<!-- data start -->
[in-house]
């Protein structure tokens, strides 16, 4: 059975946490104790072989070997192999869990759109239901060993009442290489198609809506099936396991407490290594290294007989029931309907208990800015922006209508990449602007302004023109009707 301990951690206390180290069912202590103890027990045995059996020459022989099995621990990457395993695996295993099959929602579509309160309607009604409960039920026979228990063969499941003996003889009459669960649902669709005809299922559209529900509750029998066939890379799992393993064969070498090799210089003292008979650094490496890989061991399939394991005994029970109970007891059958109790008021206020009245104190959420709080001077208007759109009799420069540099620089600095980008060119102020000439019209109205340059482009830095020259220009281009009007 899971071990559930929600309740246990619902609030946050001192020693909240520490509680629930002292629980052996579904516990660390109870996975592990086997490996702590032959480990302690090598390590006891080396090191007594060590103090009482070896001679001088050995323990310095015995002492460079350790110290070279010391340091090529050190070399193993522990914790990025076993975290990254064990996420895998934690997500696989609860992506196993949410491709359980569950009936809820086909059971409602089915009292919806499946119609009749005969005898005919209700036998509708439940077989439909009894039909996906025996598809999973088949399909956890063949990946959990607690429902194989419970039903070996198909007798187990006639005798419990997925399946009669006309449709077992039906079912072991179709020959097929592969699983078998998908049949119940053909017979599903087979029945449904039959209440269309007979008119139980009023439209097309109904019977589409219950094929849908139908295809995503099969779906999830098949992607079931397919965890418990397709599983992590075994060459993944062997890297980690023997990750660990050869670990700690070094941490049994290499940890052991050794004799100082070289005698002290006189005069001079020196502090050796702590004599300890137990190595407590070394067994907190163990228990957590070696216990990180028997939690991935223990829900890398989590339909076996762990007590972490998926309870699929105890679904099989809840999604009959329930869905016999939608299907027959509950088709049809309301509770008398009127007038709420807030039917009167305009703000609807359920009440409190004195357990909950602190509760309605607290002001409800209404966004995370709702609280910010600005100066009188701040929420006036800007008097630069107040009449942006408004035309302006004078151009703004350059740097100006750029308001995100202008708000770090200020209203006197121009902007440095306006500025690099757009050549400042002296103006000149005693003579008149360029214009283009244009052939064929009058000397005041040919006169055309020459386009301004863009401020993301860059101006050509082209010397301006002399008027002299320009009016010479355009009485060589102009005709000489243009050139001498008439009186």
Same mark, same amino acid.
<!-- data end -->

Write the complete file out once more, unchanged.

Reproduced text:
[in-house]
């Protein structure tokens, strides 16, 4: 059975946490104790072989070997192999869990759109239901060993009442290489198609809506099936396991407490290594290294007989029931309907208990800015922006209508990449602007302004023109009707 301990951690206390180290069912202590103890027990045995059996020459022989099995621990990457395993695996295993099959929602579509309160309607009604409960039920026979228990063969499941003996003889009459669960649902669709005809299922559209529900509750029998066939890379799992393993064969070498090799210089003292008979650094490496890989061991399939394991005994029970109970007891059958109790008021206020009245104190959420709080001077208007759109009799420069540099620089600095980008060119102020000439019209109205340059482009830095020259220009281009009007 899971071990559930929600309740246990619902609030946050001192020693909240520490509680629930002292629980052996579904516990660390109870996975592990086997490996702590032959480990302690090598390590006891080396090191007594060590103090009482070896001679001088050995323990310095015995002492460079350790110290070279010391340091090529050190070399193993522990914790990025076993975290990254064990996420895998934690997500696989609860992506196993949410491709359980569950009936809820086909059971409602089915009292919806499946119609009749005969005898005919209700036998509708439940077989439909009894039909996906025996598809999973088949399909956890063949990946959990607690429902194989419970039903070996198909007798187990006639005798419990997925399946009669006309449709077992039906079912072991179709020959097929592969699983078998998908049949119940053909017979599903087979029945449904039959209440269309007979008119139980009023439209097309109904019977589409219950094929849908139908295809995503099969779906999830098949992607079931397919965890418990397709599983992590075994060459993944062997890297980690023997990750660990050869670990700690070094941490049994290499940890052991050794004799100082070289005698002290006189005069001079020196502090050796702590004599300890137990190595407590070394067994907190163990228990957590070696216990990180028997939690991935223990829900890398989590339909076996762990007590972490998926309870699929105890679904099989809840999604009959329930869905016999939608299907027959509950088709049809309301509770008398009127007038709420807030039917009167305009703000609807359920009440409190004195357990909950602190509760309605607290002001409800209404966004995370709702609280910010600005100066009188701040929420006036800007008097630069107040009449942006408004035309302006004078151009703004350059740097100006750029308001995100202008708000770090200020209203006197121009902007440095306006500025690099757009050549400042002296103006000149005693003579008149360029214009283009244009052939064929009058000397005041040919006169055309020459386009301004863009401020993301860059101006050509082209010397301006002399008027002299320009009016010479355009009485060589102009005709000489243009050139001498008439009186």
Same mark, same amino acid.